By the time you read this post, I’m afraid winter will already be upon us. I can’t say for sure, and I hope the future in which this is being read is one of above zero temperatures, sunny skies, windless days and snowless ground, but I have serious doubts about that. So, my likely-snowed-in future friend, it’s time to talk about winter safety for your eyes. Every season comes with its own potential ocular harms; allergies, a bright sun, dust, and debris. Winter is no exception; you need to take special care of your eyes.

Ever had dry lips? I’m kidding; statistically, if you’re reading this, you’re in Winnipeg, and if you’ve been in Winnipeg at any point between say, October and April, you’ve had your lips dried out. The cold sucks all the moisture out of the atmosphere, so we’re left with no humidity to stop our skin from cracking and peeling. Few people realize the lack of humidity can also affect your body’s ability to produce enough tears, so dry weather means dry eyes. You might have itchy or watery eyes, the desire to close your eyes, or even blurred vision; if these symptoms occur regularly, you might want to invest in a humidifier.

“Clear and cold” is an all too familiar weather forecast here in Winnipeg; for vision care, one of the focuses has to be on the clear. We’re all for fun in the sun, but it’s important to remember that UV rays can be harmful to the eyes. That’s why it’s a good idea to wear sunglasses all year round; wearing sunglasses at night might be a silly 80s trope, but wearing sunglasses in the winter is just a good idea. UV exposure has been linked to retinal and corneal health problems, as well as cataracts, so cover up! Snow blindness is a worry this time of the season as well (though as we may discuss in another blog post, it’s actually a worry all year round and not just linked to snow). Snow blindness can be stopped with, well, sunglasses! Wear ‘em!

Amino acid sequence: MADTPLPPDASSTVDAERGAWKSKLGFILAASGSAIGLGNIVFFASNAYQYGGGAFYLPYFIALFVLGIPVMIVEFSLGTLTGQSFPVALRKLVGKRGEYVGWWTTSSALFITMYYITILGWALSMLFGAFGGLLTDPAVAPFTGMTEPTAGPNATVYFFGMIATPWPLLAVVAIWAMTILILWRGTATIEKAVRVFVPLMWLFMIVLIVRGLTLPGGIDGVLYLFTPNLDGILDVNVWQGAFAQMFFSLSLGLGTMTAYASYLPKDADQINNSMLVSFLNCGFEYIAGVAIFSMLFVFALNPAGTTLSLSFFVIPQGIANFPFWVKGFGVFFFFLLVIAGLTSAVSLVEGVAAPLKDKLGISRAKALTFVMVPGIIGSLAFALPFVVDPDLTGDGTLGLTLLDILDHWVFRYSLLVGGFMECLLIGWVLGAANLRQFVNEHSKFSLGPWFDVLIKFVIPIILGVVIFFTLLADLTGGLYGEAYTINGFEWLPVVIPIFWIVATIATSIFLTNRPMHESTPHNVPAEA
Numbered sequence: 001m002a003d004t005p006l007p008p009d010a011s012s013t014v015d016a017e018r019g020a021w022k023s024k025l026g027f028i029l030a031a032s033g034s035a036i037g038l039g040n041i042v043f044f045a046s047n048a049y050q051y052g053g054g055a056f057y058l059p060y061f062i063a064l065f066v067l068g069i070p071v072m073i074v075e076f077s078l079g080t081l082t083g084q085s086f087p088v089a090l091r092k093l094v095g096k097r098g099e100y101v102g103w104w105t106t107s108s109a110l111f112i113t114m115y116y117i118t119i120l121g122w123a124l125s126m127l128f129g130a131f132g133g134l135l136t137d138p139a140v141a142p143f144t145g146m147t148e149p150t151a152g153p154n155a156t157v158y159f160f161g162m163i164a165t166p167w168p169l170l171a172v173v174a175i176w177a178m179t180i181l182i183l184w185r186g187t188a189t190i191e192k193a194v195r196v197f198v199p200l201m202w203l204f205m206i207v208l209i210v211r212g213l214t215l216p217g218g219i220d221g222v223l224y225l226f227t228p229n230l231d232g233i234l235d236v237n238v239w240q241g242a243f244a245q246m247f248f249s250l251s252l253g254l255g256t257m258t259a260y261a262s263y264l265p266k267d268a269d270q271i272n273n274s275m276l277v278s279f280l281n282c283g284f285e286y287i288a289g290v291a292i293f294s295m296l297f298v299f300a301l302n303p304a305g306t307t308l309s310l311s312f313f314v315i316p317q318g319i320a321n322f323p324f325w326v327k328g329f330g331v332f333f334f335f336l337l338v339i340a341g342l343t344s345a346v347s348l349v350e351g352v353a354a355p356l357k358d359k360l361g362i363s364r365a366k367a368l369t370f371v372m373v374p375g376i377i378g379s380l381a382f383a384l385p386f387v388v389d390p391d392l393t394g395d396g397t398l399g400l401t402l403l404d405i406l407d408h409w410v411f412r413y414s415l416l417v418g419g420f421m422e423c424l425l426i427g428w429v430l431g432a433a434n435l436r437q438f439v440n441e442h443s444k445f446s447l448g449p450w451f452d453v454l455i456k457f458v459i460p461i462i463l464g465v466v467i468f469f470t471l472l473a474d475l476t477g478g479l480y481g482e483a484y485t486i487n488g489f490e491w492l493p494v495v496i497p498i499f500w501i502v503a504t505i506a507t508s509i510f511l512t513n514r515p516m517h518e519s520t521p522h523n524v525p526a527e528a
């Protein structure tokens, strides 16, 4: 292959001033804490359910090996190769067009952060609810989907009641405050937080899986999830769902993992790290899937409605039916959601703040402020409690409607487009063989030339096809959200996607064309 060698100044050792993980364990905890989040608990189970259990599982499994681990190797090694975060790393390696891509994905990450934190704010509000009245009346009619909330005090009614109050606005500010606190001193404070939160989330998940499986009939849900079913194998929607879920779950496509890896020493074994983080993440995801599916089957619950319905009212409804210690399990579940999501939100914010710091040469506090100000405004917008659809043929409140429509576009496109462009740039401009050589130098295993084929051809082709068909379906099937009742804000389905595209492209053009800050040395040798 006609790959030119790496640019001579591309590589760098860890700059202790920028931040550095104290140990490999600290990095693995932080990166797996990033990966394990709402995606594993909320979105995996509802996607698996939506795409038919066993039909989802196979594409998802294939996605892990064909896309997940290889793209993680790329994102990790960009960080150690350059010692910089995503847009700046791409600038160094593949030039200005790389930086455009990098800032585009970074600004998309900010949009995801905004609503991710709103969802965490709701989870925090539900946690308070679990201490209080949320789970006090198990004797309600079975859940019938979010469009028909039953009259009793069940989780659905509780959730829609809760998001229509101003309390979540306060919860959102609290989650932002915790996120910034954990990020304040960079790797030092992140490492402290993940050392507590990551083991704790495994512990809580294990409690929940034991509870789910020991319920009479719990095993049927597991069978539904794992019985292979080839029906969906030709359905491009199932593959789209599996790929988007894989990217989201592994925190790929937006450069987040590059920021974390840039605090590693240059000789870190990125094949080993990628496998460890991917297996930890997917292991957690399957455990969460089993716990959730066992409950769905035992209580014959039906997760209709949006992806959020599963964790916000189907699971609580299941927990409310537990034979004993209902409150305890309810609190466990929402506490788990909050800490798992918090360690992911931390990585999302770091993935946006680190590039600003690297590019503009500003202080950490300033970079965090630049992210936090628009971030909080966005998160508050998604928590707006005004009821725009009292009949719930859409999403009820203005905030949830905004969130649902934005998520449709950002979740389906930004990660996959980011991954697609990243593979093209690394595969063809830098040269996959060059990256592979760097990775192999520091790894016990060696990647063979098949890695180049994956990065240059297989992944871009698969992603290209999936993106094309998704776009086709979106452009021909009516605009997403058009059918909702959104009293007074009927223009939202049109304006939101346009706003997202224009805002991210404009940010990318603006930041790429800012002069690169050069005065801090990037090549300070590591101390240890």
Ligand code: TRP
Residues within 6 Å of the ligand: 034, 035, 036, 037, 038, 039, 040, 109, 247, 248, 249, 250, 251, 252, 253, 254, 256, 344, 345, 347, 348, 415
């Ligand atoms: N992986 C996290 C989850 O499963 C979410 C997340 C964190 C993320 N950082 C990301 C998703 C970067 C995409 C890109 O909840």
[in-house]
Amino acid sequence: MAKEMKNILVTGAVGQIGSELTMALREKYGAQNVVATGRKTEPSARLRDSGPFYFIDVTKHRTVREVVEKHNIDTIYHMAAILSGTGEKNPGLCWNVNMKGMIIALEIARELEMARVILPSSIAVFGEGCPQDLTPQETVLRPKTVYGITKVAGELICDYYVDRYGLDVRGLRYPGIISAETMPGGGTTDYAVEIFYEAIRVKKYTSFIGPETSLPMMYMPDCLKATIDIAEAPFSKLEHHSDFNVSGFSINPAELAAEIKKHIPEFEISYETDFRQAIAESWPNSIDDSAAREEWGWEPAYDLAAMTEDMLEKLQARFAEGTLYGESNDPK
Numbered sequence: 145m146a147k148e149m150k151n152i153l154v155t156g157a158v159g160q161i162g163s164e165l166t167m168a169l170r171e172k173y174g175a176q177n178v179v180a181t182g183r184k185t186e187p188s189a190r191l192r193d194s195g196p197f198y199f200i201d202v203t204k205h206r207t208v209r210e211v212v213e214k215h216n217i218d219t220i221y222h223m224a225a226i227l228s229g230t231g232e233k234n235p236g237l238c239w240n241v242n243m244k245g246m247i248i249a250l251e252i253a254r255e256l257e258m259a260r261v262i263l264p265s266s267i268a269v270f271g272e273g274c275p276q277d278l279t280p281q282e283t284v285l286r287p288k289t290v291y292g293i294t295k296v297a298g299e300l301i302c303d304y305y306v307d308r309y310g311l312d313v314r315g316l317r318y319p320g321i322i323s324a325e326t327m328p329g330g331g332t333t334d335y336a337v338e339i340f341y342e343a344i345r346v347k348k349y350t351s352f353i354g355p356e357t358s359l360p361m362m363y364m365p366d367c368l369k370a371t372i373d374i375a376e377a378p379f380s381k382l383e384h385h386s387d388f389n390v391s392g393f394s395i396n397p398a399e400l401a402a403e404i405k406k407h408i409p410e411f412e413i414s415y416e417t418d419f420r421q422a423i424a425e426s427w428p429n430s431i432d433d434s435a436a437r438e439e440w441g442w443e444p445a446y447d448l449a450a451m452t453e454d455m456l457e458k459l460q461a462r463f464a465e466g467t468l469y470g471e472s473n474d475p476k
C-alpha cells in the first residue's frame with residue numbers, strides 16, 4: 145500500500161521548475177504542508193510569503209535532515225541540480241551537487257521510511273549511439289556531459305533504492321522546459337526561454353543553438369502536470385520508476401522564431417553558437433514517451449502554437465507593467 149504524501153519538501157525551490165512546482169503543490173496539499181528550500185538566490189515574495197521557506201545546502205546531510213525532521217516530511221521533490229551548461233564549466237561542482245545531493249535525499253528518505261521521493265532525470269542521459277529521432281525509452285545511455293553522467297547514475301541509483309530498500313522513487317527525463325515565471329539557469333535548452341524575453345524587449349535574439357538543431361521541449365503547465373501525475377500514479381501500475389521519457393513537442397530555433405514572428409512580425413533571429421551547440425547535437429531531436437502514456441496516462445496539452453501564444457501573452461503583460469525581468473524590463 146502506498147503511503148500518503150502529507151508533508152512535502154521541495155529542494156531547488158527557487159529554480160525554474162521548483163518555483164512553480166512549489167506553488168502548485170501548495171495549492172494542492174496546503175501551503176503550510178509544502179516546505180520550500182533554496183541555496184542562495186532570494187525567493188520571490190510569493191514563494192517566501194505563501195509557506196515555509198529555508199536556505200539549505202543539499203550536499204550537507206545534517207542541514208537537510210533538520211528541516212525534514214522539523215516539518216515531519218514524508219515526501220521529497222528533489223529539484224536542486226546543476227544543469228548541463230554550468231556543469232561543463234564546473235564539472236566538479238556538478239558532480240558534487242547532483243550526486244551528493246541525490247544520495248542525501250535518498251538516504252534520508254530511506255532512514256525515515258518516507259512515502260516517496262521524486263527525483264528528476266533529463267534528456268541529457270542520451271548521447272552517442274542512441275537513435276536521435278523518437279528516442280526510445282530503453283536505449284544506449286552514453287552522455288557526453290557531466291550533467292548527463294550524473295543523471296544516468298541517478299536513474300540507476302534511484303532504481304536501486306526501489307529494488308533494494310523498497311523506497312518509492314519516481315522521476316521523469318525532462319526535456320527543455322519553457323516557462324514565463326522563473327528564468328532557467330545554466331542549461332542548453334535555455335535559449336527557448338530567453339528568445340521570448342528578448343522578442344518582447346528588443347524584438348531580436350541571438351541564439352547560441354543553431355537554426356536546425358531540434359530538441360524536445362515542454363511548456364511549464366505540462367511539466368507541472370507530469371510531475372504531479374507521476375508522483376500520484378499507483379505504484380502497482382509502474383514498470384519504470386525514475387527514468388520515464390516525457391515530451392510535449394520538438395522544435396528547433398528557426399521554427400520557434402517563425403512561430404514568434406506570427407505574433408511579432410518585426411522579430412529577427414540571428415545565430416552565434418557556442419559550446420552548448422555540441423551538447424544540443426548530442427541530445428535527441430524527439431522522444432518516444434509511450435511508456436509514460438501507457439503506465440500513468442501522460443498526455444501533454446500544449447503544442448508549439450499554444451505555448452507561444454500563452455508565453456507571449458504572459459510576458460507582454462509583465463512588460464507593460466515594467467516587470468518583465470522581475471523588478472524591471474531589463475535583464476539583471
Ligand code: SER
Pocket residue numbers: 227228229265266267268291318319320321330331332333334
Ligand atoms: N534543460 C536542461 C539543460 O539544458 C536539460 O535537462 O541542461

One of the best ways to get through winter is to bundle up, get outside, and enjoy some winter sports. When you’re snowboarding or downhill skiing, you should always wear goggles to prevent debris from getting into your eyes; it can be a good idea to get polarized lenses for the goggles, which reduce glare and make it easier to see potential obstacles. Goggles will also help mitigate the amount of wind getting into your eye, which can slowly cause deterioration over time.

The most important safety tip in the winter? Be sure that you’re able to see! Between slippery ice patches and low-visibility conditions, your sight is incredibly important in the winter, arguably more than any other season. Go in for an eye exam if you haven’t in a while, and get your vision checked up! Should you need corrective lenses, get eyeglasses Winnipeg can trust from Eyes in the Village.